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Sarcoscypha austriaca (Scarlet Elfcup)

The story of the two Sarcoscypha species (S. austriaca and S. coccinea) is probably well known to many of you, but it can always bear retelling, not least to try and inspire extra effort in establishing whether a new chapter is required. 

Up until the early 1980s, all Sarcoscypha collections in the UK were named S. coccinea. In 1984, Baral recognised 5 taxa within S. coccinea of which only S. coccinea and S. austriaca are currently recognised as British. In order to establish how many of the older collections could actually be assigned to S. austriaca, the collections held by Kew, Edinburgh and IMI were examined. In the Mycologist (9.1), Butterfill and Spooner note that 76 were referred to S. coccinea and 32 to S. austriaca. Since that time, the balance of species recorded has shifted, with S. austriaca now the more commonly recorded of the two. For example, records on the FRDBI suggest that only 8 recent collections of S. coccinea have been made in Scotland with 26 of S. austriaca.

I was recently in conversation with David Clarke of the Carlisle Natural History Society the members of which are undertaking an informal survey of the two Sarcoscypha species this winter. Their earliest findings are that both species are occurring in equal numbers - this might change as they go along of course. Still, it made me think that we should have a look out for them as well - maybe the balance is changing again! If you find one and would like it checked, email me on liz@marmycology.co.uk - I will happily do a microscope check.

Brian Spooner and Peter Roberts, in their New Naturalist book 'Fungi', use the word 'flamboyant' to describe these cup fungi and that pretty much says it all. Brightly coloured, showy fungi, their relatively large size (up to 6cm across) and their appearance early in the year makes them easy to spot. A report of one cup at 10cm was claimed in Field Mycologist 8.1 - if anybody can beat that it would be fun to hear about!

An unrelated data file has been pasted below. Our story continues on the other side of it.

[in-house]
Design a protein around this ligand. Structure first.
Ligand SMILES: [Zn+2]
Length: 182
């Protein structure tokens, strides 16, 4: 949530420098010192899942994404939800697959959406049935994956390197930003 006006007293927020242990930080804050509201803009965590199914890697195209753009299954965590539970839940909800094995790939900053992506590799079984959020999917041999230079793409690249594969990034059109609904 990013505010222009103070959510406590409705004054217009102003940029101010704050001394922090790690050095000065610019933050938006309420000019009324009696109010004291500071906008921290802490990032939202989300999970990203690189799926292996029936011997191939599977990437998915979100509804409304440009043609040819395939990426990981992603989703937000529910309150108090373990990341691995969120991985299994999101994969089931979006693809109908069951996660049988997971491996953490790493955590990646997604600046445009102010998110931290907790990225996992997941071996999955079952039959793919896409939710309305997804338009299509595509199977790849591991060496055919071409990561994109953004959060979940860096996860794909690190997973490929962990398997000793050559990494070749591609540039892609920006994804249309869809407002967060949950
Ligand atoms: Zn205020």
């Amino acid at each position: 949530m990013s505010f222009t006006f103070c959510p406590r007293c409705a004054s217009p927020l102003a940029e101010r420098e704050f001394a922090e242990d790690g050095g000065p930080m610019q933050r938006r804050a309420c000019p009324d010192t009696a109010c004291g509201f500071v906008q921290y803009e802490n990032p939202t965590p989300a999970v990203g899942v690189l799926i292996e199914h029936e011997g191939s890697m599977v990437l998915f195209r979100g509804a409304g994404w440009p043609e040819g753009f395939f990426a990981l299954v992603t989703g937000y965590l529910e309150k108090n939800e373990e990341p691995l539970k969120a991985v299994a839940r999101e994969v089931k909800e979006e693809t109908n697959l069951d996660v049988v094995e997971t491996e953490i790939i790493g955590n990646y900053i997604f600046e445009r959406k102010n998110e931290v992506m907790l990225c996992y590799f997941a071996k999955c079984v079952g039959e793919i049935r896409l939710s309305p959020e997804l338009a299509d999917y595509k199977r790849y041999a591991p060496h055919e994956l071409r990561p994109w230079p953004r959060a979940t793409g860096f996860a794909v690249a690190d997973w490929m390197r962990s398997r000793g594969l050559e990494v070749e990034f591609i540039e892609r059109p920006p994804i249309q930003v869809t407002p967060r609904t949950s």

The inner, fertile surface of the cup is a wonderful scarlet colour whilst the outer surface is much paler and covered with a white bloom consisting of tiny hairs. The cup is usually on a short stalk, growing out of fallen deadwood. Interestingly there are reports of a rarely recorded white coloured form (mentioned by Gill Butterfill and Brian Spooner in their article in Mycologist 9.1 1995, as being found at Glamis [18XX] - recorded as Peziza insolita) and also the bright yellow S. austriaca var. lutea. This latter was reported from North Wales in 2007 (Field Mycology 8.1) and North Somerset in 2008 (Field Mycology 9.2).

Whilst easy to get to genus, the two species are indistinguishable in the field. Once under the microscope they can quickly be sorted out by looking at the hairs on the outside of the cup. S. austriaca (see photo above) has hairs that are almost corkscrewed in appearance whereas in S. coccinea they are straight or gently curved at most. There are also differences in the paraphyses and spore width and shape but these are less obvious.

Members of the genus Sarcoscypha are all ascomycetes or 'spore shooters'. The spores are shot into the air at maturity from inside a special cell called an ascus. More information about some of these terms and fungal lifestyles.


Its appearance in the winter months is one of the features that focus the search for these fungi. S. austriaca is known from January, February, March and April in Scotland. S. coccinea from January, February, April, May with one record from November. 


Sarcoscypha is a genus of wood rotting species generally found in sheltered woodlands on damp, broadleaf, woody litter. It is not possible to say whether there is any host preference as so many of the records do not specify the host species but alder, hazel, willow, beech, cherry and elm have all been cited in Scotland. The wood is usually damp, mossy and fallen onto the forest floor.


Both species are more commonly recorded in England, Wales and Northern Ireland than in Scotland but the pattern of a recent increase in S. austriaca at the apparent expense of S. coccinea is found in all countries.

Please remember to submit your records to your local recording group or via the Scottish Fungi online recording form.

Liz Holden February 2013
Sarcoscypha austriaca
Sarcoscypha austriaca (Scarlet Elfcup)

Sarcoscypha austriaca typical habitat of damp broadleaf woody litter
Sarcoscypha austriaca (Scarlet Elfcup)  in typical damp, mossy, broadleaf litter habitat

Sarcoscypha austriaca (Scarlet Elfcup). The curly hairs on the outside of the cup require a microscope to see and are an important distinguishing feature.



The National Biodiversity Network Gateway records from FRDBI andHBRG  datasets are shown on the above map (see terms and conditions at http://data.nbn.org.uk). Data providers and the NBN Trust bear no responsibility for any further analysis or interpretation of the information in the map.

Sarcoscypha austriaca